I don’t know how many times a day I would automatically type “FAC” into my web browser and have it autofill “Facebook.” Sometimes I didn’t even remember keying it in. I’d find myself on my feed wondering, “Why am I here? What am I doing?”

Any social media can become a bad habit. It robs you of productivity and gives you a reliable place to procrastinate 24 hours a day. After Facebook, I wonder how I ever had time to be on it in the first place.

I regained a level a privacy I didn’t know I missed

Does Keith from third grade really need to see a photo of me running around Catalina in a bikini top? Does distant cousin Miriam, who I only met once at my Aunt’s wedding in 1997, need to know that I’ve gone to the same comedy show every month for the last four years?

Let’s face it, we’re not close with all our Facebook friends. In fact, we may only be close with a handful of them. Some users never even share anything themselves, meanwhile we’re advertising everything about ourselves.

Facebook let’s you make lists and decide who you want to share what with, but then you become a part-time social media curator and organizer. You’ve got lists of ex’s you don’t talk to, lists of ex’s you’re friends with, lists of friends with kids, lists of relatives you don’t really know very well. Who wants to spend all this time putting people into categories of categories? It seems like there should be an algorithm at this point that could take care of this for us. But that’s the thing. Social media companies want us to share with all our contacts; that’s their bread and butter.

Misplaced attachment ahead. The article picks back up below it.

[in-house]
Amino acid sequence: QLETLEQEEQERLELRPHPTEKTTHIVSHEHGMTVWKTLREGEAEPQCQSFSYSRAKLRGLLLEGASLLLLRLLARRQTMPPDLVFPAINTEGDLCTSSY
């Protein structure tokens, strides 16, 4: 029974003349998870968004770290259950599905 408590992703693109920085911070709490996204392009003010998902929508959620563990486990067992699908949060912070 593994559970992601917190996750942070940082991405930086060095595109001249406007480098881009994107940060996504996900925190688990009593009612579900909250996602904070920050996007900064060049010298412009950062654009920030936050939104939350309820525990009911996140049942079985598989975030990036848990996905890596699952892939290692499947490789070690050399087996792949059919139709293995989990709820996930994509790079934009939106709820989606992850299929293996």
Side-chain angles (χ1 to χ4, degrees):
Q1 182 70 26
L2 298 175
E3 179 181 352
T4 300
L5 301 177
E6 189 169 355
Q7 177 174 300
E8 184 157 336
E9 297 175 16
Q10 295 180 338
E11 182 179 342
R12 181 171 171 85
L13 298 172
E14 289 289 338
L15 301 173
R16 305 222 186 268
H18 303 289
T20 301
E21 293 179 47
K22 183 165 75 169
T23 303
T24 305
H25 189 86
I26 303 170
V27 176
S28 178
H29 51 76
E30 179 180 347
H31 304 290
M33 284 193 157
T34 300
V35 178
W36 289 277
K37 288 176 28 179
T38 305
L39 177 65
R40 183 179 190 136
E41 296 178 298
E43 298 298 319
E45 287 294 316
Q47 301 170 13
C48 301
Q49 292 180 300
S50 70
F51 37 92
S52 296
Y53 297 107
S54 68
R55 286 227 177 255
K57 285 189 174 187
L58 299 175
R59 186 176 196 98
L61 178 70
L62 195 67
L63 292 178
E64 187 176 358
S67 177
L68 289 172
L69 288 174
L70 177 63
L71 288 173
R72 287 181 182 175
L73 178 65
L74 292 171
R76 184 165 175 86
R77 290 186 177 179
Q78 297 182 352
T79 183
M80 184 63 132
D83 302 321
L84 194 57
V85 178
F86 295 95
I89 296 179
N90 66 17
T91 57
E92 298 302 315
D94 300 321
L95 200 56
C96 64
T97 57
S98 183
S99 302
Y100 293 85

There was a time when it would be ridiculous for everyone you knew in middle school to know you got married … and see all the wedding photos. There was a time when people had to be close to you in order to know such personal information. It was a more sincere time.

Without Facebook, I live life in real time. I don’t find myself mindlessly keying in “FAC” and wasting time reading about other peoples lives for 10-20 minutes every morning, afternoon, and night. I don’t have to pause and take photos so I can share my experiences with the Facebook audience. I don’t have to make sure I weigh in on issues before they become yesterday’s news.

I’m no longer cultivating an image through social media while sitting on my butt. A few keystrokes won’t cut it. I cultivate my “image” through actions. And now you have to actually know me to know me. When I stopped worrying about my social media audience, I had the emotional energy to reflect and show gratitude to the people in my life who I love and cherish — the people who really know me.

Sure, I miss some things not being on Facebook. I don’t get 100 birthday wishes anymore, but those were from people I hadn’t seen in 10 years anyway. It takes me a little longer to find out my friend had her baby or my cousin moved. But information still travels, sans Facebook. For me, the benefits far outweigh the losses. What might you gain if you quit social media — even if you just suspended your accounts for a while?